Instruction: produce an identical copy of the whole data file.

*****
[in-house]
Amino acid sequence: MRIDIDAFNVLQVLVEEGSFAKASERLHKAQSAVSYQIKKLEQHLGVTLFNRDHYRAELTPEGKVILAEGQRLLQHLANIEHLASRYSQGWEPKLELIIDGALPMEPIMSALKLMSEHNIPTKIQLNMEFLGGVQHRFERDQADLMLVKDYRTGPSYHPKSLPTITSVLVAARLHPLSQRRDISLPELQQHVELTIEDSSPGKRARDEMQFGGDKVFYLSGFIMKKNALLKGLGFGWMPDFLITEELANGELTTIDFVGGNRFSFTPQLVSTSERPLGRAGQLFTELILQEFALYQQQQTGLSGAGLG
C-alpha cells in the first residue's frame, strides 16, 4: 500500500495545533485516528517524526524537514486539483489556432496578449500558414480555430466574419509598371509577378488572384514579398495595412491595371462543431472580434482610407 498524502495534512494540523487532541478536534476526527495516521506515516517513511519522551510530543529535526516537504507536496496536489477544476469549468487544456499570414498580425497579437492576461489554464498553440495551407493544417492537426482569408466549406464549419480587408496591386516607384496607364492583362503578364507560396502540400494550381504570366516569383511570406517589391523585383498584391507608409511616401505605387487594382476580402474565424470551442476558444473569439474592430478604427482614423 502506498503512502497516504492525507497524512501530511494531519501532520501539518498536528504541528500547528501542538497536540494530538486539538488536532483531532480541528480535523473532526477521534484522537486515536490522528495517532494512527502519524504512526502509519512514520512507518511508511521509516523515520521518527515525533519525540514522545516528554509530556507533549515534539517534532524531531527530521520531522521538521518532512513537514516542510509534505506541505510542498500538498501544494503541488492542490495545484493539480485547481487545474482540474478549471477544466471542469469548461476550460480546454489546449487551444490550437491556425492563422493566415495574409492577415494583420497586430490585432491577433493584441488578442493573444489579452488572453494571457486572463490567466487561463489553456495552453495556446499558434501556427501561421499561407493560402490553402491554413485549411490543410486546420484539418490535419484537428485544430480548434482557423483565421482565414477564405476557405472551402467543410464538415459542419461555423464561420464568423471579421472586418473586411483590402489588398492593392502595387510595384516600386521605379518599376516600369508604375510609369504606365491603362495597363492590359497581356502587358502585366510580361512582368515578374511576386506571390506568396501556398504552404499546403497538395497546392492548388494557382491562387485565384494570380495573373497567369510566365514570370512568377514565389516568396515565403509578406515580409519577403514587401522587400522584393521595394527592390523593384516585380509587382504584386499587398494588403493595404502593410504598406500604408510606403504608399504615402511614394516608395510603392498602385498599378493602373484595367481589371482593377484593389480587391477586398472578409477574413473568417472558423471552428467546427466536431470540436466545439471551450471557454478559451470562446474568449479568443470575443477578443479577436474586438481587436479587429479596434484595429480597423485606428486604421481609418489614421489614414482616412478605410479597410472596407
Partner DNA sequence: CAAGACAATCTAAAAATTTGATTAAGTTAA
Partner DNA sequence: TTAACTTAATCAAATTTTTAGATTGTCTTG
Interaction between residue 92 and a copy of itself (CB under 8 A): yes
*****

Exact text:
[in-house]
Amino acid sequence: MRIDIDAFNVLQVLVEEGSFAKASERLHKAQSAVSYQIKKLEQHLGVTLFNRDHYRAELTPEGKVILAEGQRLLQHLANIEHLASRYSQGWEPKLELIIDGALPMEPIMSALKLMSEHNIPTKIQLNMEFLGGVQHRFERDQADLMLVKDYRTGPSYHPKSLPTITSVLVAARLHPLSQRRDISLPELQQHVELTIEDSSPGKRARDEMQFGGDKVFYLSGFIMKKNALLKGLGFGWMPDFLITEELANGELTTIDFVGGNRFSFTPQLVSTSERPLGRAGQLFTELILQEFALYQQQQTGLSGAGLG
C-alpha cells in the first residue's frame, strides 16, 4: 500500500495545533485516528517524526524537514486539483489556432496578449500558414480555430466574419509598371509577378488572384514579398495595412491595371462543431472580434482610407 498524502495534512494540523487532541478536534476526527495516521506515516517513511519522551510530543529535526516537504507536496496536489477544476469549468487544456499570414498580425497579437492576461489554464498553440495551407493544417492537426482569408466549406464549419480587408496591386516607384496607364492583362503578364507560396502540400494550381504570366516569383511570406517589391523585383498584391507608409511616401505605387487594382476580402474565424470551442476558444473569439474592430478604427482614423 502506498503512502497516504492525507497524512501530511494531519501532520501539518498536528504541528500547528501542538497536540494530538486539538488536532483531532480541528480535523473532526477521534484522537486515536490522528495517532494512527502519524504512526502509519512514520512507518511508511521509516523515520521518527515525533519525540514522545516528554509530556507533549515534539517534532524531531527530521520531522521538521518532512513537514516542510509534505506541505510542498500538498501544494503541488492542490495545484493539480485547481487545474482540474478549471477544466471542469469548461476550460480546454489546449487551444490550437491556425492563422493566415495574409492577415494583420497586430490585432491577433493584441488578442493573444489579452488572453494571457486572463490567466487561463489553456495552453495556446499558434501556427501561421499561407493560402490553402491554413485549411490543410486546420484539418490535419484537428485544430480548434482557423483565421482565414477564405476557405472551402467543410464538415459542419461555423464561420464568423471579421472586418473586411483590402489588398492593392502595387510595384516600386521605379518599376516600369508604375510609369504606365491603362495597363492590359497581356502587358502585366510580361512582368515578374511576386506571390506568396501556398504552404499546403497538395497546392492548388494557382491562387485565384494570380495573373497567369510566365514570370512568377514565389516568396515565403509578406515580409519577403514587401522587400522584393521595394527592390523593384516585380509587382504584386499587398494588403493595404502593410504598406500604408510606403504608399504615402511614394516608395510603392498602385498599378493602373484595367481589371482593377484593389480587391477586398472578409477574413473568417472558423471552428467546427466536431470540436466545439471551450471557454478559451470562446474568449479568443470575443477578443479577436474586438481587436479587429479596434484595429480597423485606428486604421481609418489614421489614414482616412478605410479597410472596407
Partner DNA sequence: CAAGACAATCTAAAAATTTGATTAAGTTAA
Partner DNA sequence: TTAACTTAATCAAATTTTTAGATTGTCTTG
Interaction between residue 92 and a copy of itself (CB under 8 A): yes